On Friday morning, the Sonoma Valley farmers market is filled with customers–shopping, chatting and lingering over nibbles such as hummingbird-shaped cookies and lumpia–as a stream of moms, grandparents and nannies usher babies, toddlers, pre-schoolers and pups into the adjacent park.

Two vendors, Paul’s Produce and Oak Hill Farm, are located nearly across with each other, with their similar harvests an evocative expression of this valley’s <<ital>> terroir<<ital>>. Both have extraordinary carrots, with the thinnest of skins, an appealing snap and a remarkably delicate sweetness.

Much of Paul’s harvest–arugula, parsley, salad mix, spinach, dried herbs, less than perfect carrots– is portioned and packaged. Other produce is arranged in bins with big, clear signs. This week you’ll find onions, golden beets, red beets, leeks, broccoli, dandelion greens, red cabbage, green cabbage, Lacinato kale, Red Russian kale, collard greens and rutabaga.

Heart-shaped chile wreaths from Oak Hill Farm

At Oak Hill Farm’s booth, produce is in baskets and bins, each item described in chalk on its own blackboard. There’s arugula, leeks, stinging nettles, parsley, Naval oranges, Meyer lemons, broccoli, beets, chard, kale, winter squash, tiny yellow tulips on short stems and the first green garlic of the year.  Between two of the tables you’ll find gorgeous farm bouquets and flowering quince. The farm also has wreaths–including heart-shaped wreaths made of dried chiles–dried lavender and bunches of curly willow.

Sebastopol’s French Garden Farm’s diverse harvest includes red cabbage, broccoli, onions, new potatoes, sunchokes, cylindrical red beets, round golden beets, leeks, Mandarin oranges, Meyer lemons, winter squash, baby parsnips, turnips, chard, kale, frisee, salad mix and several lettuces.

Ortiz Farms has a big selection of greens, onions, radishes, broccoli, flowering quince, cabbages, potatoes and more. This Santa Rosa farm has cilantro, too, though you need to be quick, as it can sell out early. Hector Alvarez has onions, chiles, garlic, potatoes, eggs and, of course, a huge selection of honey. Carson’s Catch has smoked salmon, wild salmon and cod.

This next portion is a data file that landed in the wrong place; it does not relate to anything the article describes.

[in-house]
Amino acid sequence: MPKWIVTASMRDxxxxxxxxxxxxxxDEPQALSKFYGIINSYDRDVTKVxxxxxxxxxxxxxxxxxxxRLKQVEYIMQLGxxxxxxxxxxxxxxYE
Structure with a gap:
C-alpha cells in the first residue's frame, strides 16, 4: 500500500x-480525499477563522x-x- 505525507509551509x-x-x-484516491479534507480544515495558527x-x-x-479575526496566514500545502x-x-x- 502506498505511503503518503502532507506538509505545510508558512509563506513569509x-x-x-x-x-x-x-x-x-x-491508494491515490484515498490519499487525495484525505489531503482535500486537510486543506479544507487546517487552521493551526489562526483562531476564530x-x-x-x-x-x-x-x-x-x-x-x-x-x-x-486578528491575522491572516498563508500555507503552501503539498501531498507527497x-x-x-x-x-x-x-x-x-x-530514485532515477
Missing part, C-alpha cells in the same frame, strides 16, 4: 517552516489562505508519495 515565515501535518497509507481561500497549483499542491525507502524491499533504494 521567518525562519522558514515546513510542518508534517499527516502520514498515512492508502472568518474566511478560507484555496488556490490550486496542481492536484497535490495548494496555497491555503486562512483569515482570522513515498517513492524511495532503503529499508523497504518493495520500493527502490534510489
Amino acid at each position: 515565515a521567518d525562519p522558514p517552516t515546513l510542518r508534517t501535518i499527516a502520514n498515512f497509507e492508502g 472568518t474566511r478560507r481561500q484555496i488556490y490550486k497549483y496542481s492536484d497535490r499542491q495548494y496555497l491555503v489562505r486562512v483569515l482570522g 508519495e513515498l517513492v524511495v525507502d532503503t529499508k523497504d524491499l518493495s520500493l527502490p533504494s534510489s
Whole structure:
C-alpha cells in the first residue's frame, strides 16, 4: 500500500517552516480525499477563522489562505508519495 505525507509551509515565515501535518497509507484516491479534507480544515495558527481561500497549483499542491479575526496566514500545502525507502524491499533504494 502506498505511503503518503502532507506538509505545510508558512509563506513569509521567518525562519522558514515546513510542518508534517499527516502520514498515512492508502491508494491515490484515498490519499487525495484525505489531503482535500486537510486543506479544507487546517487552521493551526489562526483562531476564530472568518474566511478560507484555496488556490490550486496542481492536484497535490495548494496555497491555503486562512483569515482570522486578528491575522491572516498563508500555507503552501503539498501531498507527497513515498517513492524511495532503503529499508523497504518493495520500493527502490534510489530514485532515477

Victorian Farmstead offers its meat and eggs here and its stall serves as a pick-up spot for CSA subscribers. Their current selection includes pork, lamb and beef. Chicken is available whole, halved and in parts. Finally, a source for local leg-thigh pieces! It’s been a while.

The Baker–spelled, roughly, <<ital>>de bejkr<<ital>>–does a brisk business with organic pretzels, pulled hot from his portable wood oven. All the breads are gorgeous and delicious. Capay Gold Olive Oil has its delicious 2011 oils. Strauss Family Dairy has organic milk, half and half, cream, sour cream, yogurt and butter.

Beautiful breads from de bejkr

Mt. Moriah Farms has organic apples, Bohemian Well Being Farm offers delicious mushrooms, there are three egg vendors and several familiar prepared food vendors, including The Hummus Guy, Primavera Tamales, Redel’s Roasted Almonds,  J’amie Patisserie and the Handmade Pantry with granola. Community Cafe and Catering, at the market for the first time, offers soups, granola, cookie dough and scone mix to take home and hot chicken tortilla soup to enjoy on the spot.

Local artisans, an author and a coffee vendor complete the sense of community that has thrived here for more than two decades.

The Sonoma Valley market takes place on First St. West, a few blocks north of the Sonoma plaza, in the parking lot of Depot Park. It operates year round on Fridays from 9 a.m. to noon, with manager Hilda Swartz at the helm.